Colony Collapse Cause(s) Discovered
Information and Theories 10/8/10
By: Chris Capps
In the 1990s a bee related terror was sweeping the nation in the form of highly aggressive killer bees. And as time wore on and our perception of what truly is a threat evolved alongside the times, a new fear came about. We no longer feared that we would all be overrun with aggressive stinging bees, but rather that we may lose the bees altogether. The fear of colony collapse disorder has been reigning ever since, compounding mystery on motivation for a more ecologically aware world. And it seems we may finally have an explanation for CCD thanks to the efforts of scientists working around the clock.
Colony collapse disorder (also known as CCD) first appeared in the United States in 2006. The term strikes fear into the heart of the world, the farmers who depend on the bees for their pollinating of crops. And as the rest of the world depends on the efforts of these farmers, the entire chain leads back to honeybees. The disorder, also known as honey bee depopulation syndrome has already claimed billions of bees with only a recent sign of slowing down - with causes just as mysterious as the disease itself. As of 2010, CCD has claimed over 40%. At this rate, some entomologists have made the claim that bees may be little more than a memory by the year 2018 unless action is taken. But what is this disease that Army Scientists in Maryland have claimed to have discovered, and how will it affect honeybees? Are we at the point of a great breakthrough?
The culprit is said to be a fungus already common in several regions and a virus that specifically targets bee colonies. Each alone is said to be problematic enough if introduced to bee populations, but together they form an unfortunately potent killing mechanism that can decimate or even cause the eventual collapse of the colony it is present in. The unfortunate ailment is the latest in a laundry list of suspects, but is thus far the most credible culprit in the killing of bee colonies. Entomologists (those who study insects) have been tracking the colonies and even isolating hives to follow the movements of dead bees. What they found was remarkable. Bees were not simply dying in the hives, they were vanishing altogether - dying out of sight from their central hub or hive in devastating numbers. As scientists tracked the bees themselves and searched the area around the hives for carcasses so they could perform autopsies they did discover them, but farther than the bees should have been moving.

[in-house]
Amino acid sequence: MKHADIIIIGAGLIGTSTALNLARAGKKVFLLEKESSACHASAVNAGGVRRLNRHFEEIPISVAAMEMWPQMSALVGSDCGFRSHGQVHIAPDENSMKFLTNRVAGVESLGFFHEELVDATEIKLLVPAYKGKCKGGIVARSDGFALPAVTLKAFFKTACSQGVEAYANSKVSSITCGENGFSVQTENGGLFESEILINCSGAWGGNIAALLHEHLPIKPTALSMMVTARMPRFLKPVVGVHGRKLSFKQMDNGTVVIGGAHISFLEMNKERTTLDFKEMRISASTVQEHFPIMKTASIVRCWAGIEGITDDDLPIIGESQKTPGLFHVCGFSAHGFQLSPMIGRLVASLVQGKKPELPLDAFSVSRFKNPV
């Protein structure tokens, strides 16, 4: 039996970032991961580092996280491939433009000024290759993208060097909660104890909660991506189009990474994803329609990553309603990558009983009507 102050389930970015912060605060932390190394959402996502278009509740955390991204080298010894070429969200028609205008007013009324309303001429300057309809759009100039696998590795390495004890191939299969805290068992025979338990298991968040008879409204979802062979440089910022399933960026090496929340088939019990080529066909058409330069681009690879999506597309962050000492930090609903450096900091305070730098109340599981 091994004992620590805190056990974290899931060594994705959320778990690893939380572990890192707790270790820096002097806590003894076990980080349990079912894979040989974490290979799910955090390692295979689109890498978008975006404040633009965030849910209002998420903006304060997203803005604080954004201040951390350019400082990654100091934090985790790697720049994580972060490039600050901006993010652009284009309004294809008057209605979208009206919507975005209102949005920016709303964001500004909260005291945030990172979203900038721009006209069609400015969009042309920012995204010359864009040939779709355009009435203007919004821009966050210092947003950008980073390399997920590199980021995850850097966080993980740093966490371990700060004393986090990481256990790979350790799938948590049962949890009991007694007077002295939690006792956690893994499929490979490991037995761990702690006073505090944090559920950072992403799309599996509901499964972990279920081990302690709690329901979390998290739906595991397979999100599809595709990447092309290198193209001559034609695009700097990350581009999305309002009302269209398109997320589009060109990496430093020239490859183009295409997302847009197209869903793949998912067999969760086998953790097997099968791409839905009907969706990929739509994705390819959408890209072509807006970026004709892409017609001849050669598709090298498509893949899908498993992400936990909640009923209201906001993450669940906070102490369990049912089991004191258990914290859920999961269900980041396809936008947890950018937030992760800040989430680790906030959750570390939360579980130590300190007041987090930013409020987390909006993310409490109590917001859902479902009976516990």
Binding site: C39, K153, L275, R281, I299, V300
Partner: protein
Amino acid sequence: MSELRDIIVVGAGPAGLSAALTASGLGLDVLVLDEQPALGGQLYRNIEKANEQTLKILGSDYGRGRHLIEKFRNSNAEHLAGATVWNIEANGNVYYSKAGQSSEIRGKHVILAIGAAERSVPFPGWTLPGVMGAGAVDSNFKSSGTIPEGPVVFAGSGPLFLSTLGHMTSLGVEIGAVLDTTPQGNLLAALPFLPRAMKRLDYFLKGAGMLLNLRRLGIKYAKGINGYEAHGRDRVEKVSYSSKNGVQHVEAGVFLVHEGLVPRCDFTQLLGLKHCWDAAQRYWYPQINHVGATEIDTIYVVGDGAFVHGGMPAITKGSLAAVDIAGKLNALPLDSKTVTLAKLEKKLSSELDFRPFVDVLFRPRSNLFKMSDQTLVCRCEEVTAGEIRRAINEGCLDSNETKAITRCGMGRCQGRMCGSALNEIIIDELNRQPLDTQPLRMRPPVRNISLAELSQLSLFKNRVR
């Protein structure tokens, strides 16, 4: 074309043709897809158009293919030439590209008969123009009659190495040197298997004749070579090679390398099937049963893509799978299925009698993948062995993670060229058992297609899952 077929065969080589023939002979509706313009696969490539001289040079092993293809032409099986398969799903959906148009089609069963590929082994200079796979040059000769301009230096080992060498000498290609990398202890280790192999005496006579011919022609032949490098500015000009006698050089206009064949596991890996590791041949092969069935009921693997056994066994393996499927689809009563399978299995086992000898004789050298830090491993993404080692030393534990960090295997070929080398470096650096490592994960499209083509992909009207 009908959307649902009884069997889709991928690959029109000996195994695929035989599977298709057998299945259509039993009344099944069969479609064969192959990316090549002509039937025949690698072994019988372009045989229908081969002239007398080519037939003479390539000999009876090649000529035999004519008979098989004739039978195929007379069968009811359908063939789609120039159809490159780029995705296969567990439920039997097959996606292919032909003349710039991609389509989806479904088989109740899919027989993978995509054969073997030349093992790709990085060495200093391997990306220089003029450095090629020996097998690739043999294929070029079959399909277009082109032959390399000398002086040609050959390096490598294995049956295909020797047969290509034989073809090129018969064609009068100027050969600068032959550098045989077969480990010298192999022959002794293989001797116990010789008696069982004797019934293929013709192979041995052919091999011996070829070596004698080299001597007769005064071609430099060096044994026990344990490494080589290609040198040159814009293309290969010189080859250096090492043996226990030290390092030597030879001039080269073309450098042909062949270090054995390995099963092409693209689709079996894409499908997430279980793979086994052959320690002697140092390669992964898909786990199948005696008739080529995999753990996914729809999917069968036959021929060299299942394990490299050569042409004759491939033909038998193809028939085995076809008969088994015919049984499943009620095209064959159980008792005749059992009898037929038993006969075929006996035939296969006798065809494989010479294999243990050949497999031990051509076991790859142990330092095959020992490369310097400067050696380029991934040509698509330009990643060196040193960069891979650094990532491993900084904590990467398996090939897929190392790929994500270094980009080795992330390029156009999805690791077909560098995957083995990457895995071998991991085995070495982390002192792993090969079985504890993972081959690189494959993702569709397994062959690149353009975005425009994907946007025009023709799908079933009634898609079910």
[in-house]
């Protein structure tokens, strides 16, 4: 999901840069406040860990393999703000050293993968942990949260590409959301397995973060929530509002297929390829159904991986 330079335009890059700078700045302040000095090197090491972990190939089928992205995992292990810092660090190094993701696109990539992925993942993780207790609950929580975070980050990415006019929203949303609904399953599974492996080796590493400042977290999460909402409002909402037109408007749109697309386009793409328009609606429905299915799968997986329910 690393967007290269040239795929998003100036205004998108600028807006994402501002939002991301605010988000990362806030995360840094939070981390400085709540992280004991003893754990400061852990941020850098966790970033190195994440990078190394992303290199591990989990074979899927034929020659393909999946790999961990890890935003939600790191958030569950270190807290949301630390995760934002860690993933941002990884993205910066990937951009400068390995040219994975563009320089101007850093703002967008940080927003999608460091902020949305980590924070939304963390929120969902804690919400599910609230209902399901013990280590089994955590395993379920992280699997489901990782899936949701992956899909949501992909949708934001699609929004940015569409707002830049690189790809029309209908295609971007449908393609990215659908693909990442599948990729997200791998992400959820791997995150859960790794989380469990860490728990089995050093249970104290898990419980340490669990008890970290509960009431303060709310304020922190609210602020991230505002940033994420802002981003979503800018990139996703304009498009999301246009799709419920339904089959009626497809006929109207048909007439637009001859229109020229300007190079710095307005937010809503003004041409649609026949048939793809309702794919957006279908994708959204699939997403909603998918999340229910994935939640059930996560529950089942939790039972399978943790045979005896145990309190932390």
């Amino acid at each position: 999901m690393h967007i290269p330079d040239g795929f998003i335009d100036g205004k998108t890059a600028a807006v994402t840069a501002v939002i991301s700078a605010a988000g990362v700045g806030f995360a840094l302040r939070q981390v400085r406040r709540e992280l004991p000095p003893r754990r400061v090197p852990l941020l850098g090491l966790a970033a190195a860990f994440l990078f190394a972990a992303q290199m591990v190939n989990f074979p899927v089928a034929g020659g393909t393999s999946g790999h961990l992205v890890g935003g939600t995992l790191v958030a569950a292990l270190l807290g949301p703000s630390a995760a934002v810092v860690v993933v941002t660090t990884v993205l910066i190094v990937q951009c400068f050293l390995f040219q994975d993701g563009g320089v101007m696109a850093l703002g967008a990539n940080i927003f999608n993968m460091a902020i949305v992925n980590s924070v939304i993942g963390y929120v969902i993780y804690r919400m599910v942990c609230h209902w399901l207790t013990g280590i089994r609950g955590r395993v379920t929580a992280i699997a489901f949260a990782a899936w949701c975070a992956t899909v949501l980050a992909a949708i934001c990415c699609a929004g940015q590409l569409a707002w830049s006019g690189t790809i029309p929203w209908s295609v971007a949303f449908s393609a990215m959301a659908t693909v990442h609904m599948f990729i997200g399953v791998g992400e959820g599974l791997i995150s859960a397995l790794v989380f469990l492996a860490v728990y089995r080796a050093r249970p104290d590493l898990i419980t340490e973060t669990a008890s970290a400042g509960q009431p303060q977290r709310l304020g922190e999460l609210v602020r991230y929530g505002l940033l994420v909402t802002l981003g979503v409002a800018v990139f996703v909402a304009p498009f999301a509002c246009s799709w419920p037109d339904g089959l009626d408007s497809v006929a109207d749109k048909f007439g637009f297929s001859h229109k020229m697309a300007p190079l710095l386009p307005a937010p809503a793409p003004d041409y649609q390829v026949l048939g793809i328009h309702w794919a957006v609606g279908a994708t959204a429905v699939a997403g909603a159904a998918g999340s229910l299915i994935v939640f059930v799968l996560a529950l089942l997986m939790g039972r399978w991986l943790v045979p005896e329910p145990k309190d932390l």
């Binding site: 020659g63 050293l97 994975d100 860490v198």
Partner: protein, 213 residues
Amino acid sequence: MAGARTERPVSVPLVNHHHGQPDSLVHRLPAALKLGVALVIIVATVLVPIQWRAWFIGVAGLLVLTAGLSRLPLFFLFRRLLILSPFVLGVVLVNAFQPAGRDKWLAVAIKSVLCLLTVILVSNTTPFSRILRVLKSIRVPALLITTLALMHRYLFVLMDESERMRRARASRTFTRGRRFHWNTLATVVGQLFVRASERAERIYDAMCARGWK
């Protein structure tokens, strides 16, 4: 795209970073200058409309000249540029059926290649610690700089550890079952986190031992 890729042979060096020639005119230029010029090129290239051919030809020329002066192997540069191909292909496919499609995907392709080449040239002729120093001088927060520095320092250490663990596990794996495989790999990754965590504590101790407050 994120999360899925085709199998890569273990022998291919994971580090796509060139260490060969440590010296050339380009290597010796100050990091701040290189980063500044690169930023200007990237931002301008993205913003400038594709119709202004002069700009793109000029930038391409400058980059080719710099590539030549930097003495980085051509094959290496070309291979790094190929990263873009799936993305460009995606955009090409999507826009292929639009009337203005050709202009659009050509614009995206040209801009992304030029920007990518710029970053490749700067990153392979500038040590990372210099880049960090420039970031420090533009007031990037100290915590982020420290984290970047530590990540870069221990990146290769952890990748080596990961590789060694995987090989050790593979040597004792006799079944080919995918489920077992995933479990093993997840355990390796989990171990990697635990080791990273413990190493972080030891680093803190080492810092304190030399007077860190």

It's thought the bees separate themselves from the hive to prevent further infection. They leave their brethren behind in a form of self induced quarantine. In doing this they actually lose themselves entirely on their final journey away from the hive and cannot find their ways back. The incredibly minute task of performing an autopsy on bees revealed to scientists that the insects were actually dying at various points, both while they were loaded with pollen and when they were simply leaving to exodus from the hive. It was as though they somehow knew they were infected with disease and were following orders to keep the hive from being further infected.
Of course further tests will have to be performed before a final conclusion can be made on colony collapse disorder's cause, but the fungus carrying the virus is at the moment the foremost suspect.